North Carolina Attorney General Josh Stein has joined a coalition of state attorneys general that’s suing the Trump administration’s over its rules weakening the 1973 Endangered Species Act.
In August, the U.S. Interior and Commerce departments announced final rule changes, including mandating that regulators must look at economic factors when determining whether a species should be classified as endangered. Environmentalists protested that allows officials to ignore the impact of climate change.
In all, 18 attorneys general and New York City are plaintiffs in the lawsuit filed in the U.S. District Court for the Northern District of California. Together, they argue that the U.S. Fish and Wildlife Service and the National Marine Fisheries Service’s unlawfully undermined the 46-year-old law’s key requirements.
“We’re going to try to undo what the president is proposing to do with the Endangered Species Act,” California Attorney General Xavier Becerra said at a press conference announcing the litigation.
Other states involved in the action include Colorado, Connecticut, the District of Columbia, Illinois, Maryland, Massachusetts, Michigan, Nevada, New Jersey, New York, New Mexico, Oregon, Pennsylvania, Rhode Island, Vermont and Washington.
According to the US Fish and Wildlife Service, 42 species are endangered in North Carolina and 19 are threatened. These include, plants, mammals, fish, mussels, birds, insects, spiders, reptiles and amphibians.
U.S. Interior Secretary David Bernhardt said in August that the changes were “designed to increase transparency and effectiveness.”
“The revisions finalized with this rule-making fit squarely within the president’s mandate of easing the regulatory burden on the American public, without sacrificing our species’ protection and recovery goals,” U.S. Commerce Secretary Wilbur Ross said at the time. “These changes were subject to a robust, transparent public process, during which we received significant public input that helped us finalize these rules.”
In their lawsuit, the attorneys general argue that the rules as “arbitrary and capricious” under the Administrative Procedure Act; unauthorized under the Endangered Species Act; and unlawful under the National Environmental Policy Act.
Of specific concern are the actions of the U.S. Fish and Wildlife Service and the National Marine Fisheries Service to:
- Add economic considerations to the Endangered Species Act’s science-driven and species focused analyses
- Restrict the circumstances under which species can be listed as threatened
- Expand the Act’s narrow exemptions for designating critical habitats and limit the circumstances under which a habitat would be designated, especially where climate change poses a threat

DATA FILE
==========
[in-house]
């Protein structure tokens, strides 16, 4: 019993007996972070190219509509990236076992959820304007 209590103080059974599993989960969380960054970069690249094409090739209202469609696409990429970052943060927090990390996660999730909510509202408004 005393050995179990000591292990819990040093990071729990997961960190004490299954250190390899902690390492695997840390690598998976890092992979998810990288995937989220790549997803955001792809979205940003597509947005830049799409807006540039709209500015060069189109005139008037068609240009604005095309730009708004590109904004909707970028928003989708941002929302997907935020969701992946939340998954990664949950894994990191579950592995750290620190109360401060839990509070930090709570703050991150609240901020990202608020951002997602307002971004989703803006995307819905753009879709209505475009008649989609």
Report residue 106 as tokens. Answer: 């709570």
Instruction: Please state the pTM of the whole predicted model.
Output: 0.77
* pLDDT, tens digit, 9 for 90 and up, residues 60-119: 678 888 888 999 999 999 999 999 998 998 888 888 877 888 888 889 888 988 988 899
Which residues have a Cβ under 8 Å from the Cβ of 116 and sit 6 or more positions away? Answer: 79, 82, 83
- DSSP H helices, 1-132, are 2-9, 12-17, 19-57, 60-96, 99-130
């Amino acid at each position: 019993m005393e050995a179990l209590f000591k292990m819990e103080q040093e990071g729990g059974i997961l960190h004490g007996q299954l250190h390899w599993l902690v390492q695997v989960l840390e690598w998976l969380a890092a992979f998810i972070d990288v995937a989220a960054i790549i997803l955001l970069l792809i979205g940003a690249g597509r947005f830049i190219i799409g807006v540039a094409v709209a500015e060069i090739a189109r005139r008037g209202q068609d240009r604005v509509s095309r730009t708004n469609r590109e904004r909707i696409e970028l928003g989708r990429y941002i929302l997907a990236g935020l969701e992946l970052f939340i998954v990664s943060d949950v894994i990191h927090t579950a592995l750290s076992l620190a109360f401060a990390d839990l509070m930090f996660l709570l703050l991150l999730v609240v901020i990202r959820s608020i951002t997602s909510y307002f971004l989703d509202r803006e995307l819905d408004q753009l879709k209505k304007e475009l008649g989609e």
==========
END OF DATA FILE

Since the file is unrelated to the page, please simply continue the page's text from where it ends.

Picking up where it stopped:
- Reduce consultation and analyses required before federal agency action
- Drastically depart from the longstanding, conservation-based agency policy and practice of providing the same level of protection to threatened species afforded to endangered species, which is necessary to prevent a species from becoming endangered
- Push the responsibility for protecting endangered species and habitats onto the state, detracting from the states’ efforts to carry out their own programs and imposing significant costs
- Exclude analysis of and public input on the rules’ significant environmental impacts
This isn’t the only attempt to fight the new Trump administration rules on endangered species. A coalition of environmental groups has filed a separate lawsuit, including: Earthjustice for the Center for Biological Diversity, Defenders of Wildlife, Sierra Club, Natural Resources Defense Council, National Parks Conservation Association, WildEarth Guardians and the Humane Society of the United States.
There also are efforts in Congress to fight the rollback, led by U.S. Rep. Debbie Dingell, D-Mich., whose husband, former U.S. Rep. John Dingell, D-Mich., wrote the original 1970s-vintage statute.
Debbie Dingell, along with House Natural Resources Committee Chairman Raul Grijalva, D-Ariz., and U.S. Sen. Tom Udall, D-N.M., are sponsoring legislation repealing all of the administration’s changes to the Endangered Species Act.
“The Endangered Species Act is among the most effective ever passed. For more than 40 years, we have come together in bipartisan fashion to protect species critical to maintaining the balance of our wildlife,” Dingell said in a statement. “The Administration’s efforts to weaken Endangered Species protections are taking us in the wrong direction.”
Susan J. Demas is the editor of The Michigan Advance, a sister site to NC Policy Watch, where this story first appeared. Rob Schofield contributed to this story.